• 40 Nat // May 14, 2004 at 5:02 pm


    You’re acting way tooooo hysterical about this. Your little hissy fit has gone way too far. We’re talking about 7 out of 130,000 people. Do you have ANY idea of what percentage that is?

    That is 0.00002% of the US Armed Forces in Iraq.

    Here’s a tip. Call up your Statistics/Calculus professor and ask him if he would extrapolate from a sample based on 0.00002%, to represent a universe, and then count the number of minutes he laughs for while rolling around on the floor.

    You people are merely aping the Liberal-dominated media in an attempt to making the actions of 7 people a smear on a nation.

    Not happening.

    Unlike you Liberal-Arts majors, I had to actually taken courses in Applied Mathmatics. I know whereof I speak whereas you people are approaching this from a borderline sense of hysteria.

    Our system works. You cite the Teguba report? The Teguba report, in toto, is prima facie evidence that OUR SYSTEM WORKS. The alleged -please note the usage of the word “ALLEGED” because you Liberal hatemongers have already annointed yourselves prosecutor, judge and jury and have already made your guilty finding – perpetrators will be prosecuted in a Court of Law.

    Let the judicial system deal with this now.

    Get a life and move on. Do you not want to move on because that will require you to reveal your DISTINCT LACK OF ENTHUSIASM for the conceited poodle Kerry? I suspect so.

  • 41 abi // May 14, 2004 at 5:27 pm

    Quoth Nat:

    If you believe that I have not grasped a point you are making perhaps you should pause and evaluate as to whether your counterclaims are effectively represented? Rather than assume that I am ignoring what you say, perhaps you should look in your OWN mirror and ask yourself if your posts are clarifying or confusing the matter at hand.

    After my restatement, trying to clarify since he clearly hadn’t read or understood my previous post despite quoting it himself, he then said:

    I don’t need a lecture from you on reading comprehension and you can skip the condescending Liberal attitude.

    And, later, Nat said:

    I see from your spelling of “organisation”[sic] that you are, in fact, a Canadian. This explains a great deal of why you would want to pour out such vitriol regarding the United States conduct of the war, given the Socialist perspective of much of your countrymen which you very clearly share.

    Since you don’t have a horse in this race, your comments have to be viewed through the prism of your inbred distaste for us Yankee Capitalists.

    Bzzzzt! Thank you for playing, but try reading my previous posts.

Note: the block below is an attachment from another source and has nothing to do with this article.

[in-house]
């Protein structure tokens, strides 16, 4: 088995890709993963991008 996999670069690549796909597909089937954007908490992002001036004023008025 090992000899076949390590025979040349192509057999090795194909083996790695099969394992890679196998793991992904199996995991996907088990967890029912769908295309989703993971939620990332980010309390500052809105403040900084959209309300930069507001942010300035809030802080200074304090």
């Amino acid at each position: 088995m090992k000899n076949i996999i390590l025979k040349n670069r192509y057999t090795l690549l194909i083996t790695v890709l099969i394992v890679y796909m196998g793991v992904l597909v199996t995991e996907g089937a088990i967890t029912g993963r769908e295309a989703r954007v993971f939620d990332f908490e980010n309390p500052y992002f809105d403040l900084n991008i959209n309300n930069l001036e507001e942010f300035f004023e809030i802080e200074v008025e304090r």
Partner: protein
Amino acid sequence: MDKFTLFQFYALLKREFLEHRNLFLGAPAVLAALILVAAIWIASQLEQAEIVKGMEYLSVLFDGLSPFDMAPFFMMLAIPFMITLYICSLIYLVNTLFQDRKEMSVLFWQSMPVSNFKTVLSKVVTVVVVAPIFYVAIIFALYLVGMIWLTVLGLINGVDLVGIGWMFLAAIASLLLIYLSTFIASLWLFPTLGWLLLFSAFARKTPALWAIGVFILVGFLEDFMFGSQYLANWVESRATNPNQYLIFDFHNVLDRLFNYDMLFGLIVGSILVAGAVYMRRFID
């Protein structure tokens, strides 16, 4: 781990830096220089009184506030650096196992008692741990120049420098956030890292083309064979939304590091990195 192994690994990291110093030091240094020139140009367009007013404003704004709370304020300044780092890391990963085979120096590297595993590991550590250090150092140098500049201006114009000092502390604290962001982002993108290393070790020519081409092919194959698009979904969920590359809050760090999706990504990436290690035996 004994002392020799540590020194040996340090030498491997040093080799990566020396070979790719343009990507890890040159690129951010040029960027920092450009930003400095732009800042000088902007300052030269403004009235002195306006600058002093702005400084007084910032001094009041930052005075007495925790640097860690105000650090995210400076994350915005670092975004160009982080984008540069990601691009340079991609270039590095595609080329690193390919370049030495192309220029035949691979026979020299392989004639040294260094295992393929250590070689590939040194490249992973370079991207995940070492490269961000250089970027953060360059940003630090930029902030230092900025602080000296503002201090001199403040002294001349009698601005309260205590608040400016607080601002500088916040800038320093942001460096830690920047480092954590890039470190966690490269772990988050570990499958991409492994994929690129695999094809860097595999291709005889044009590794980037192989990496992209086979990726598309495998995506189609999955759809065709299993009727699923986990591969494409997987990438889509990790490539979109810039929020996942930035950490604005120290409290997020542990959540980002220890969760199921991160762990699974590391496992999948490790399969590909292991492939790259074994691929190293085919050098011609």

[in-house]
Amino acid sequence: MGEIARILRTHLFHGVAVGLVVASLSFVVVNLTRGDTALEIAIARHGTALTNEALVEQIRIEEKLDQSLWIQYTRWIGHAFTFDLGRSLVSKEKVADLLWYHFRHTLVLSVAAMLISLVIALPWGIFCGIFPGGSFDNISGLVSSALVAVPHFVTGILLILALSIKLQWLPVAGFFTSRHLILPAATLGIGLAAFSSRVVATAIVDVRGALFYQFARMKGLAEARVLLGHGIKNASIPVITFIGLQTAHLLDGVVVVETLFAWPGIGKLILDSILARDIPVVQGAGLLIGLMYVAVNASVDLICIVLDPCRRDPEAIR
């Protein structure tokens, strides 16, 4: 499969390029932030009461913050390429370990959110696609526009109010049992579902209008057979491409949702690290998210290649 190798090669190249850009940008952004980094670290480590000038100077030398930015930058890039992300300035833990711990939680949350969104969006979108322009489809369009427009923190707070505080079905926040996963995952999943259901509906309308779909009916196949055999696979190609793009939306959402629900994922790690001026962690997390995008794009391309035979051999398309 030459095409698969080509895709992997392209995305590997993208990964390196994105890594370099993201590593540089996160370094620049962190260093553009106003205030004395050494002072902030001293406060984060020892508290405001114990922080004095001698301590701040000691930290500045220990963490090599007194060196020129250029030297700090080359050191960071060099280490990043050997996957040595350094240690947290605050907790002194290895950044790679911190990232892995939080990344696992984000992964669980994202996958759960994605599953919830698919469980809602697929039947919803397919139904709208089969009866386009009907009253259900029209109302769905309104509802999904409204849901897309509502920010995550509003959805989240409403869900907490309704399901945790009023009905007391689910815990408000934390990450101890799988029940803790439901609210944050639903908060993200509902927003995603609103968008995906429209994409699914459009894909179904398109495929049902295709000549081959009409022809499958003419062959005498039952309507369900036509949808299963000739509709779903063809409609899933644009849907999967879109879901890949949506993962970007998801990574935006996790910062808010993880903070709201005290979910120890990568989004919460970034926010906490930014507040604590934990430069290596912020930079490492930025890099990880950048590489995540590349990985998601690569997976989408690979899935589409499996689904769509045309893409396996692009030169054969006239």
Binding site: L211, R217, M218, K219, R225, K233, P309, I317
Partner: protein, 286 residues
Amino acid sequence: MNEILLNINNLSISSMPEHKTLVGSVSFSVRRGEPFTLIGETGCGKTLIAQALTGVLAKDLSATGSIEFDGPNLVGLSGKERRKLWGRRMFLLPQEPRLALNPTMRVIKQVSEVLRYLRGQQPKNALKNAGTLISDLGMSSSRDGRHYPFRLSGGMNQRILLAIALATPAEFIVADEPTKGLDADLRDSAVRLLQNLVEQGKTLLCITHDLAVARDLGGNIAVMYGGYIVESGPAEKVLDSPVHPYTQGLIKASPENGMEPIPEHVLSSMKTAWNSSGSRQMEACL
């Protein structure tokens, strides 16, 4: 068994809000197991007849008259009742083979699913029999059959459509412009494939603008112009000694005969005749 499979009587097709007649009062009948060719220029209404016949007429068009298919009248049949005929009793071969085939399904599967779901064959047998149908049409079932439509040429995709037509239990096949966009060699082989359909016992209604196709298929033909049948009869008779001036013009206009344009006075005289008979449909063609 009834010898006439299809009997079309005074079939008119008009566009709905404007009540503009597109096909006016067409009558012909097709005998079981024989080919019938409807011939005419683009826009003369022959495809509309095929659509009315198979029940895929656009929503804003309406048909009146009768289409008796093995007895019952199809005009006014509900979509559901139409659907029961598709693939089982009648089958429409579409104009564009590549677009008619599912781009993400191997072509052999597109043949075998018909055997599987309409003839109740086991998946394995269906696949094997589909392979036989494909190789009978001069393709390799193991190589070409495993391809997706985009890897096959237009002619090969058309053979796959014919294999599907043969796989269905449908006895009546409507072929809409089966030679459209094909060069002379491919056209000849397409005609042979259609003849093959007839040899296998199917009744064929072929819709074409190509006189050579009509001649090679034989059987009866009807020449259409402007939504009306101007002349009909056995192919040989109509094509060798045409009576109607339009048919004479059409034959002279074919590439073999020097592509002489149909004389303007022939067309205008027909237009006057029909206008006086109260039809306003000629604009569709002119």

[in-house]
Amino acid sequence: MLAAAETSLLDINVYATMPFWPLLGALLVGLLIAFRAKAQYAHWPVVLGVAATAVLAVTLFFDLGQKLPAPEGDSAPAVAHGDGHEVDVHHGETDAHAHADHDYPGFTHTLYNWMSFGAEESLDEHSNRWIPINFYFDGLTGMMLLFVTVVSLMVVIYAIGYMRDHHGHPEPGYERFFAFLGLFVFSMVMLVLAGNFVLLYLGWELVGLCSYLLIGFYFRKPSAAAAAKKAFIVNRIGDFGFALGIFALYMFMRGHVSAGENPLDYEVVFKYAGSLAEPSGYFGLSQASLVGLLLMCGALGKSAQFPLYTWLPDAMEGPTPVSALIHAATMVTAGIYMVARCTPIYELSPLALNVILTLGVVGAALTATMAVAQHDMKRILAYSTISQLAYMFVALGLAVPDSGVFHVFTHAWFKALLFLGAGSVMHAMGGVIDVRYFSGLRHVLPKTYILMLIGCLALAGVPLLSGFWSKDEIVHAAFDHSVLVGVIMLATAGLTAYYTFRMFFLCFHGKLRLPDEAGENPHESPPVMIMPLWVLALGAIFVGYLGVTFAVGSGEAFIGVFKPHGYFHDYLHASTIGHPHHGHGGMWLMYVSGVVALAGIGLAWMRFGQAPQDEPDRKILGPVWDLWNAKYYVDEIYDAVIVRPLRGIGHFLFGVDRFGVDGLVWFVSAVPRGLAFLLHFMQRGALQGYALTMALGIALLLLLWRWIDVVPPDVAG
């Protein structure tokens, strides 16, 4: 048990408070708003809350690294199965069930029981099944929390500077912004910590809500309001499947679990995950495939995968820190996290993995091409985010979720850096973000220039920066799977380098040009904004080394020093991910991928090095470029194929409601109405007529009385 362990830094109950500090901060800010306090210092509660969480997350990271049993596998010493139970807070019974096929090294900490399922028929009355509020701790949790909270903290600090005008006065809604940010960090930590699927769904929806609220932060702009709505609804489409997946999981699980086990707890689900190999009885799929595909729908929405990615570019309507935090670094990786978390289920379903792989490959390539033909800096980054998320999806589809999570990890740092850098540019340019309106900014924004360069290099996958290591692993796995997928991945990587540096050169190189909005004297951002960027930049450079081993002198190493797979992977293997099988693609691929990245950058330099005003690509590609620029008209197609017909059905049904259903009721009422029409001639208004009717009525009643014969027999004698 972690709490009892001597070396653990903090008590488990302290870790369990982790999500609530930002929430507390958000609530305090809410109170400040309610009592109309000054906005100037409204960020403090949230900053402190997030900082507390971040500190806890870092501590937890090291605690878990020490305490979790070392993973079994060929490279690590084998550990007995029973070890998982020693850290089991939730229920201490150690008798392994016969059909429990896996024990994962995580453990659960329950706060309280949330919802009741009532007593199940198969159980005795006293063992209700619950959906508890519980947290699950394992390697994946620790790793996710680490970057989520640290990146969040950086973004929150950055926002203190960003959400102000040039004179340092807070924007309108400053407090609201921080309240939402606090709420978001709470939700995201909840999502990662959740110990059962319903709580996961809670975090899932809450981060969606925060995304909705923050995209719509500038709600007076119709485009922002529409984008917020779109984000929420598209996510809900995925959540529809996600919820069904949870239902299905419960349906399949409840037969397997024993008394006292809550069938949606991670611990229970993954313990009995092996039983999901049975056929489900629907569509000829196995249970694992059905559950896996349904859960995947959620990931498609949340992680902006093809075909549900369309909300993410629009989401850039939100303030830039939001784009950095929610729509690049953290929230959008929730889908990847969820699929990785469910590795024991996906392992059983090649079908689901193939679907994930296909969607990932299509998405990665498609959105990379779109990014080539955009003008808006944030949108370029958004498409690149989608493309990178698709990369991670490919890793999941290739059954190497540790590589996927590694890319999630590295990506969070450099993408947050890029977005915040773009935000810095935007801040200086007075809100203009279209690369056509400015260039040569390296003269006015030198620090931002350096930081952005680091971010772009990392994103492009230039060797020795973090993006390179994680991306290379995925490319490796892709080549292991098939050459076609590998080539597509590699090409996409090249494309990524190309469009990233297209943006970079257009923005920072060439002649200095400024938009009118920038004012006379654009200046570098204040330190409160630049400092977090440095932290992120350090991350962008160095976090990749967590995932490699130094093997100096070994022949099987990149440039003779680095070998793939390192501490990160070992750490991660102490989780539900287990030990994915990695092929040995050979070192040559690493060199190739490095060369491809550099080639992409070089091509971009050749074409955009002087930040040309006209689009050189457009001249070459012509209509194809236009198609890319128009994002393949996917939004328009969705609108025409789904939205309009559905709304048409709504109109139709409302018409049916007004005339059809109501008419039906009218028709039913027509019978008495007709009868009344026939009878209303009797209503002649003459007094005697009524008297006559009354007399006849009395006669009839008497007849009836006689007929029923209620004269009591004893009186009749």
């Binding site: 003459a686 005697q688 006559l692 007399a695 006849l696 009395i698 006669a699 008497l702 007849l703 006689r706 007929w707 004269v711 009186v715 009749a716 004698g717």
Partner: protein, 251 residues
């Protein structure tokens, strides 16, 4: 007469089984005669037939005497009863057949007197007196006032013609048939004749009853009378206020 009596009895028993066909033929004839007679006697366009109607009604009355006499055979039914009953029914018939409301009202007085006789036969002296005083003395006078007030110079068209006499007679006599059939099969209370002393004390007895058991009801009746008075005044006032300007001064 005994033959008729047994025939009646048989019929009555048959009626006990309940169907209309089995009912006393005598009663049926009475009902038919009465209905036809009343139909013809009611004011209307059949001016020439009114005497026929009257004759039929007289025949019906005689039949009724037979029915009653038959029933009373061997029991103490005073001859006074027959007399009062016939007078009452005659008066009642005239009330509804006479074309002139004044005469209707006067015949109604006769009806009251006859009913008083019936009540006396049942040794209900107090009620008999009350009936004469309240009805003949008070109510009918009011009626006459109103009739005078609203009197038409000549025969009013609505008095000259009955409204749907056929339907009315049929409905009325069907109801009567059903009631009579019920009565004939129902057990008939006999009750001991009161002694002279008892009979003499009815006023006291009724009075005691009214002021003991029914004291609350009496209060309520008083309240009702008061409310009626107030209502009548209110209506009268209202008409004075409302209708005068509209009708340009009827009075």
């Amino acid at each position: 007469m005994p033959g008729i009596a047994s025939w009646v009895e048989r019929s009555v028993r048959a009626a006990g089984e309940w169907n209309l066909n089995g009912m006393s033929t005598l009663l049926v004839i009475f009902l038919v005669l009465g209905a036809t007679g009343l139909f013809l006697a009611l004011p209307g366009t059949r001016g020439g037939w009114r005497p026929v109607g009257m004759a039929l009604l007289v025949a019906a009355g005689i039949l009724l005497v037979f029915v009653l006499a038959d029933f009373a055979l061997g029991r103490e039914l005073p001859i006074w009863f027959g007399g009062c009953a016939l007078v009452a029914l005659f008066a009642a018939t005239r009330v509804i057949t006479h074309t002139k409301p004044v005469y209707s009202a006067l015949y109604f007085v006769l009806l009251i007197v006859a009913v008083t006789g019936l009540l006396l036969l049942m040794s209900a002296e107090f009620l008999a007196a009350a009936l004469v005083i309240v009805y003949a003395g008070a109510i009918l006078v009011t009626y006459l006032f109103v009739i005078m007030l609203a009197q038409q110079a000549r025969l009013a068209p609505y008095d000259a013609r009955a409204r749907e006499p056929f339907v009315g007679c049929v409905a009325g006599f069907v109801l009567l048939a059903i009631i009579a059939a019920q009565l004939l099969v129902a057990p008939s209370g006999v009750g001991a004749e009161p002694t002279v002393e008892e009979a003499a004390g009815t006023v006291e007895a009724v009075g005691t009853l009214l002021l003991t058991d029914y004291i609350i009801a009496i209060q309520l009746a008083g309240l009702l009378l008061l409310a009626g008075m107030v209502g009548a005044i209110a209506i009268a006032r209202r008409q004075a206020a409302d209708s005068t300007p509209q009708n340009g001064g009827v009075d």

As I have stated in various other comments, I am an American citizen. The fact that I currently live abroad (Scotland, to be precise) does occasionally affect my spelling. It also affects my attitude, in that I am aware of America’s image and influence abroad. I also appear to have access to a better style of media investigation and debate than Clear Channel is drip-feeding you.

    Can we now return to the topic, or would you like to make speculative, incorrect and insulting comments on my appearance next?

  • 42 Kent // May 14, 2004 at 9:26 pm

    Nat, it is not 7 individuals. That is the number that have already been identified. In fact additional pictures have come out that show Military Intelligence officers present in groups. In one image where the infamous pile of prisoners was being shot, I counted 5 Intel officers with the 2 PFC that were in the first picture that everyone saw.

    What has occurred is what the military terms a “Failure of Leadership”. Let us examine some of the indicators. The Defense Department has removed many of the “Permitted Practices for interrogations” (The new rules amount to a tacit admission that the approved interrogation techniques might have gone too far in permitting inhumane treatment prohibited by the Geneva Conventions.). DOD has admitted that none of the guards at Abu Ghraib had proper training for the job. No interrogators at Abu Ghraid have attended the US Army Interrogator School at Fort Wachuka.

    From the moment they are captured, prisoners are hooded, shackled and isolated. The message to the troops: Anything goes. When Taguba made his report, Gen Myers and Rumsfeld failed to read it until well after their feet were put to the fire over a month later.

    A short time ago I got off the phone with my father, a member of his counties Republican Central Committee. His statement about the situation was that Rumsfeld needs to pack his desk now, if he will not, Bush needs to give him his walking papers. Hardly some “liberal whacko”.

    I think where fault lies is clearly pointed out by the ArmyTimes.com editorial: A failure of leadership at the highest levels.


    The perpetrators bear much responsibility, but the entire chain of command failed in this situation and those responsible must be held accountable.

  • 43 Blaming the Messenger // Sep 17, 2008 at 8:02 am

    […] so many Americans have trouble understanding why Muslims get upset about things like Americans forcing Muslim prisoners to simulate sex and Americans flushing the Islamic Bible (Quran) down the toilet — just imagine that some […]